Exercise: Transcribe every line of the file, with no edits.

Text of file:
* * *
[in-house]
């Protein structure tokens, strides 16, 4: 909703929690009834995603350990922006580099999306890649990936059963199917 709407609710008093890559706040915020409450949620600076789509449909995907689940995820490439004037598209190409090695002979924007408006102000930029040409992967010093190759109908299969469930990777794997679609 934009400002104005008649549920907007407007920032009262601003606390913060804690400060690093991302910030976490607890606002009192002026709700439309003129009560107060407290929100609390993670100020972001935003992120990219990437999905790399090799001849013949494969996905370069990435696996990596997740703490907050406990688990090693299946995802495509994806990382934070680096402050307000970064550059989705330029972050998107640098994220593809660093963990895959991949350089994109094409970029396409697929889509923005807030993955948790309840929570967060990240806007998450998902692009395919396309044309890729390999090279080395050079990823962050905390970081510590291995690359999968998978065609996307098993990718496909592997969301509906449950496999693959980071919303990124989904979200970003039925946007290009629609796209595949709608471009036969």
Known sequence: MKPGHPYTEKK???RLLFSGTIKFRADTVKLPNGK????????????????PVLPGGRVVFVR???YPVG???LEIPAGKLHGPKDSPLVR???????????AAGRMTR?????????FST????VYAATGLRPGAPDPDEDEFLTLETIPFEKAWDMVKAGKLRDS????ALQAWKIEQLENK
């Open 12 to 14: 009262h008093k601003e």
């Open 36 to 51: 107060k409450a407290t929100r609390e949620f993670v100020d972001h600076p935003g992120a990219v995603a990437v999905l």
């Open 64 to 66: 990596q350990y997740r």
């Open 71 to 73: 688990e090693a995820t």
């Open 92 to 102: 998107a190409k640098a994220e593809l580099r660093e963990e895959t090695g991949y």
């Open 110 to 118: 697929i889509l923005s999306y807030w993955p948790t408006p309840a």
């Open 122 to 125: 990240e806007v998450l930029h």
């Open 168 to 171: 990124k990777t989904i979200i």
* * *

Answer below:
[in-house]
């Protein structure tokens, strides 16, 4: 909703929690009834995603350990922006580099999306890649990936059963199917 709407609710008093890559706040915020409450949620600076789509449909995907689940995820490439004037598209190409090695002979924007408006102000930029040409992967010093190759109908299969469930990777794997679609 934009400002104005008649549920907007407007920032009262601003606390913060804690400060690093991302910030976490607890606002009192002026709700439309003129009560107060407290929100609390993670100020972001935003992120990219990437999905790399090799001849013949494969996905370069990435696996990596997740703490907050406990688990090693299946995802495509994806990382934070680096402050307000970064550059989705330029972050998107640098994220593809660093963990895959991949350089994109094409970029396409697929889509923005807030993955948790309840929570967060990240806007998450998902692009395919396309044309890729390999090279080395050079990823962050905390970081510590291995690359999968998978065609996307098993990718496909592997969301509906449950496999693959980071919303990124989904979200970003039925946007290009629609796209595949709608471009036969």
Known sequence: MKPGHPYTEKK???RLLFSGTIKFRADTVKLPNGK????????????????PVLPGGRVVFVR???YPVG???LEIPAGKLHGPKDSPLVR???????????AAGRMTR?????????FST????VYAATGLRPGAPDPDEDEFLTLETIPFEKAWDMVKAGKLRDS????ALQAWKIEQLENK
């Open 12 to 14: 009262h008093k601003e």
């Open 36 to 51: 107060k409450a407290t929100r609390e949620f993670v100020d972001h600076p935003g992120a990219v995603a990437v999905l």
């Open 64 to 66: 990596q350990y997740r």
């Open 71 to 73: 688990e090693a995820t």
């Open 92 to 102: 998107a190409k640098a994220e593809l580099r660093e963990e895959t090695g991949y």
């Open 110 to 118: 697929i889509l923005s999306y807030w993955p948790t408006p309840a």
């Open 122 to 125: 990240e806007v998450l930029h």
């Open 168 to 171: 990124k990777t989904i979200i």